One of the standards of modern air travel is that you’ll be asked — sometimes in multiple languages, depending on your choice of airline — to switch off all your electronic devices when taking off and landing as an added safety precaution. It’s OK to use electronics while in flight on most larger aircraft, but nothing with a radio, on the grounds that they may interfere with the in-flight electronics. There’s plenty of debate about how true that actually is, but for my money, I’m willing to forego a little inconvenience of switching to airplane mode in return for the plane not heading straight into a mountain. Call me fussy, if you must, but I think that’s a decent deal, even if the odds are slim that my device will interfere anyway.
Switching things off has only been a problem for me recently when it came time to switch off my (or any) e-Ink reader, as you’ll in fact use more power and signal fully switching the screen off rather than just leaving it on the standard screen image. Air travel has never been the most comfortable of pursuits — even if you’re wealthy enough to afford business class or better seating — but what it has typically involved has been cutting yourself off from the outside world for as long as your flight took place. Sure, in-flight telephones have been a stock standard on most planes for some time, but at the kinds of rates that more or less ensure that nobody uses them — or at least nobody I’ve ever noticed, and I’ve done more than my fair share of plane travel.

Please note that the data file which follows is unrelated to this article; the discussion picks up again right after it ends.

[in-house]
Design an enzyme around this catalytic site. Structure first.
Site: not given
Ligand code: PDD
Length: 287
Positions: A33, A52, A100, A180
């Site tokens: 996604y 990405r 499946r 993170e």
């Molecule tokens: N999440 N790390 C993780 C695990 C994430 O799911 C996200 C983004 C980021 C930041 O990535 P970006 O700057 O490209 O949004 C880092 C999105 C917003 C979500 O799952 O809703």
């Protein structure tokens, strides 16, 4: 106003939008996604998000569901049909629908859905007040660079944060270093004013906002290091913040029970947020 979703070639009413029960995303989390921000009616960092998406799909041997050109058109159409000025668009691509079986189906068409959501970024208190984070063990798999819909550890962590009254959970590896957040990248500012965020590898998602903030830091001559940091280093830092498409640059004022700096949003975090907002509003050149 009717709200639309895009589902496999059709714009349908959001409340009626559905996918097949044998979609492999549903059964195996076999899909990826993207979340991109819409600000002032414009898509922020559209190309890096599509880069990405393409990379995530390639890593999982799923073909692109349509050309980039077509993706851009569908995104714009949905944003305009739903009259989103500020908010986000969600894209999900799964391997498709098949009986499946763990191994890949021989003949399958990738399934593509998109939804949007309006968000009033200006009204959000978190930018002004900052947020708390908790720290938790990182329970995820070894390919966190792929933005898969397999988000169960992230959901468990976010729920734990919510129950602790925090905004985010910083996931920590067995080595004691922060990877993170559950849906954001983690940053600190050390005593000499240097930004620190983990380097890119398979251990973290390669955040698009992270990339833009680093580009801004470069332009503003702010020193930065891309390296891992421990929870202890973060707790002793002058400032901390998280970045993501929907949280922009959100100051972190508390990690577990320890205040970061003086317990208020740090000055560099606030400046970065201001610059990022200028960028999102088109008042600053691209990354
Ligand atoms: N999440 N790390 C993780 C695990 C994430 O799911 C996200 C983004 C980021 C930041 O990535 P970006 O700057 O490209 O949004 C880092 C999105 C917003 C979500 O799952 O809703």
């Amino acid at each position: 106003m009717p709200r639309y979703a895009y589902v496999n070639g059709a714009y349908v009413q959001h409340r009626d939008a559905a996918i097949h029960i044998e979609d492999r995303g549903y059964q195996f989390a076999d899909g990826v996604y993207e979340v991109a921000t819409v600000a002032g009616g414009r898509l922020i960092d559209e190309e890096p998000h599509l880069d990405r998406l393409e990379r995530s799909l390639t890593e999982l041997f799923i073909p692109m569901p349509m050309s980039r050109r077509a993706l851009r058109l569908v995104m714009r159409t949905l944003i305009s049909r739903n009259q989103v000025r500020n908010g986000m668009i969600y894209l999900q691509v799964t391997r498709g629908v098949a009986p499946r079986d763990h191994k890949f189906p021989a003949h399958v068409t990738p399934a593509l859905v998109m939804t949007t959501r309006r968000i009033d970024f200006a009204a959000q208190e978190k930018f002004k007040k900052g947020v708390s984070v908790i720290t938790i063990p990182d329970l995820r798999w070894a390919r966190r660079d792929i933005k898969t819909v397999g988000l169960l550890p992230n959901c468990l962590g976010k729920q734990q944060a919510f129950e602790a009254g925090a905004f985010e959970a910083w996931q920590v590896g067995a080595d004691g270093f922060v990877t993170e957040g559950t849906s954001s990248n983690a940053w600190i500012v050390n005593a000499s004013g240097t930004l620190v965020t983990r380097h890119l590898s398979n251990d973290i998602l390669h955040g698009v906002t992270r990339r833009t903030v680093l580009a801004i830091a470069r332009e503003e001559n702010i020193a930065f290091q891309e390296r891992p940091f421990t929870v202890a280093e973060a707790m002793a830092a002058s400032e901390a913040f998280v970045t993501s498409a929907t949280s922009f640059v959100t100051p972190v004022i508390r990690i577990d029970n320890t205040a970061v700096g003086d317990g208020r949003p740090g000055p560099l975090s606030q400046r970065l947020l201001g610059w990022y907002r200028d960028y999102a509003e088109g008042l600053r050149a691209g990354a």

That’s something that’s changing very rapidly; many overseas flights are utilising in-flight Internet, and it’s something that’s being actively tested by the major carriers locally; both Qantas and Virgin are trialing in-flight Wi-Fi access. It’s initially only touted as a way to deliver entertainment from an on-board server, but both airlines appear to be investigating the possibilities for onboard net access as well. Qantas is also trialing iPads as delivery devices for entertainment services, although those will be rather heavily locked down units for entertainment only.
In-flight Internet’s a tricky thing to manage; not only do you have the grim spectre of folks accessing content of a dubious nature, but opening up the wider Internet also means potentially opening up conversation channels via applications such as Skype or Facetime. Suddenly, the normally relatively quiet plane interior could become a maelstrom of chatter. Given that longer haul flights often cross several time zones and Internet access means you’d be able to speak to anyone in any time zone, it even means that the airline-imposed “sleep times” — typically when the lights are dimmed in order to encourage folks to sleep — might become interrupted on a rather regular basis.
I’m a little torn as to the utility in this case. I’ve no doubt that on longer flights — essentially anything longer than standard Australian domestic flights, so above five hours or so — I’d welcome Internet access as a basic way to divert myself by idly browsing the Web, keeping up with email and maybe doing a little light work. At the same time, I don’t welcome the idea of a plane that I’m stuck in for the next nine to nineteen hours being full of folks talking extra loud because they’ve already got headphones on and can’t hear themselves properly in the first place. What do you think?